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UN: Al-Qaeda Remains Significant Threat

United Nations, 26 June 2003 (RFE/RL) -- A panel of UN experts warns that the Al-Qaeda terrorist group remains a threat to international security despite some progress in global counterterrorism efforts. The five-member panel said in a draft report released today that the threat is apparent after recent bombings in Saudi Arabia, Chechnya, Morocco, and Afghanistan.

It reported the emergence of what it called a "third generation" of Al-Qaeda, composed of young Muslim extremists recruited after the organization was ousted from Afghanistan with the defeat of the Taliban. The terrorist group continued to receive funding from the illicit drug trade, false charities, and rich donors, after the 11 September 2001 attacks in the United States.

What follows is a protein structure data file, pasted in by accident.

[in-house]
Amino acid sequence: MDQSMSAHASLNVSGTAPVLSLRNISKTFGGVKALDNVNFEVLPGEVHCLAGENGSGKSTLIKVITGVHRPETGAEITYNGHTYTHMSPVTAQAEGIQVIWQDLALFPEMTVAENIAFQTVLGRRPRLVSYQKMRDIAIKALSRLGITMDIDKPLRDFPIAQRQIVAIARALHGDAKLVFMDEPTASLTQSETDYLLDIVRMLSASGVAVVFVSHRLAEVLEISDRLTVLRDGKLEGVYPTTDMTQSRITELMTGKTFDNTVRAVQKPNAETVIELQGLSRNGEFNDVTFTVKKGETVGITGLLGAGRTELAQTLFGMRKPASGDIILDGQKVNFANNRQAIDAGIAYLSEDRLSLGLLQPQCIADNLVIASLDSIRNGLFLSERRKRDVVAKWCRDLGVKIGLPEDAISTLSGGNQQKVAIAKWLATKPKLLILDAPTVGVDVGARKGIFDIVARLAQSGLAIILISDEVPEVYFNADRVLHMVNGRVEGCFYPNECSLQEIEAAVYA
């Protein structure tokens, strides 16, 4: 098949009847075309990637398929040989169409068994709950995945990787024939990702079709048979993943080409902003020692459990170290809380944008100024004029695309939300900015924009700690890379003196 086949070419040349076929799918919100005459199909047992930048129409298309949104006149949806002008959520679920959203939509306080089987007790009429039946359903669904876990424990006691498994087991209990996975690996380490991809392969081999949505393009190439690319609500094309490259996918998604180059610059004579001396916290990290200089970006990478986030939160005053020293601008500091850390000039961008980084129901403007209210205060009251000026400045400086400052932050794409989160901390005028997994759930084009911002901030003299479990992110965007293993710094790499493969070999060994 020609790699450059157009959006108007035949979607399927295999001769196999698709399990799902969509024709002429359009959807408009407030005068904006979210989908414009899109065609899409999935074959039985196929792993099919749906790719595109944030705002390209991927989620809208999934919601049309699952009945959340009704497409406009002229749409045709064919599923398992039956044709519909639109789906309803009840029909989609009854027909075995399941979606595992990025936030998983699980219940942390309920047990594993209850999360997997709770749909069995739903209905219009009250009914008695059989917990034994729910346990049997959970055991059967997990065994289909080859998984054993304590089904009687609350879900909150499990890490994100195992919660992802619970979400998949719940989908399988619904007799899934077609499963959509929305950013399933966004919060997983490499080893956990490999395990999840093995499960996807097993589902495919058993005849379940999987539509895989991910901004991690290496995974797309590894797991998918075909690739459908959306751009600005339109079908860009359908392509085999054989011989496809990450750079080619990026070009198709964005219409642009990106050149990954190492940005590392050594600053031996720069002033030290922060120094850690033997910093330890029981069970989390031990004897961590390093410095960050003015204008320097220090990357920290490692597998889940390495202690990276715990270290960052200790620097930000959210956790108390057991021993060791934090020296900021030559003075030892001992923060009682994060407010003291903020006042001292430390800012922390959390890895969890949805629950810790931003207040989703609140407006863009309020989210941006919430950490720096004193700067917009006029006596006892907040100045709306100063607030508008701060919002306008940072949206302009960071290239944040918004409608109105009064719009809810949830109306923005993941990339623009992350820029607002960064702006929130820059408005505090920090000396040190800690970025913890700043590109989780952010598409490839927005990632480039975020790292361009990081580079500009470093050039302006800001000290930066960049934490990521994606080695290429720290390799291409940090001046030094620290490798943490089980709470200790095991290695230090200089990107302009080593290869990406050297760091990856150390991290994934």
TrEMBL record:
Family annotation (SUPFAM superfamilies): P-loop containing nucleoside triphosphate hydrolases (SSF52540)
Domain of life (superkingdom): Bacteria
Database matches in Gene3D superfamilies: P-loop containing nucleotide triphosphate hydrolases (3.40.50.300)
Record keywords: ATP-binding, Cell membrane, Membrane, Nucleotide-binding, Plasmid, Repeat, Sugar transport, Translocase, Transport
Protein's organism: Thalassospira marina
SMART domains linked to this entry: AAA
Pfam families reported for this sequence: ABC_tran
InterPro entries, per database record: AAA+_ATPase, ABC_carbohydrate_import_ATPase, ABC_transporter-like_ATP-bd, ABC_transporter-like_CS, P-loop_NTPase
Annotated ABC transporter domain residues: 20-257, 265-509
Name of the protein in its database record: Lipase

There has been success in apprehending some of Osama bin Laden's top lieutenants, said the report, but there is a long way to go to improve coordination of counterterrorism efforts.

The chairman of the panel, Michael Chandler, said today that his group has seen no evidence indicating links between Al-Qaeda and the previous Iraqi regime. He said his panel is investigating new reports of Al-Qaeda activity in Iran and for the first time has added a Chechen to its list of Al-Qaeda members under sanction.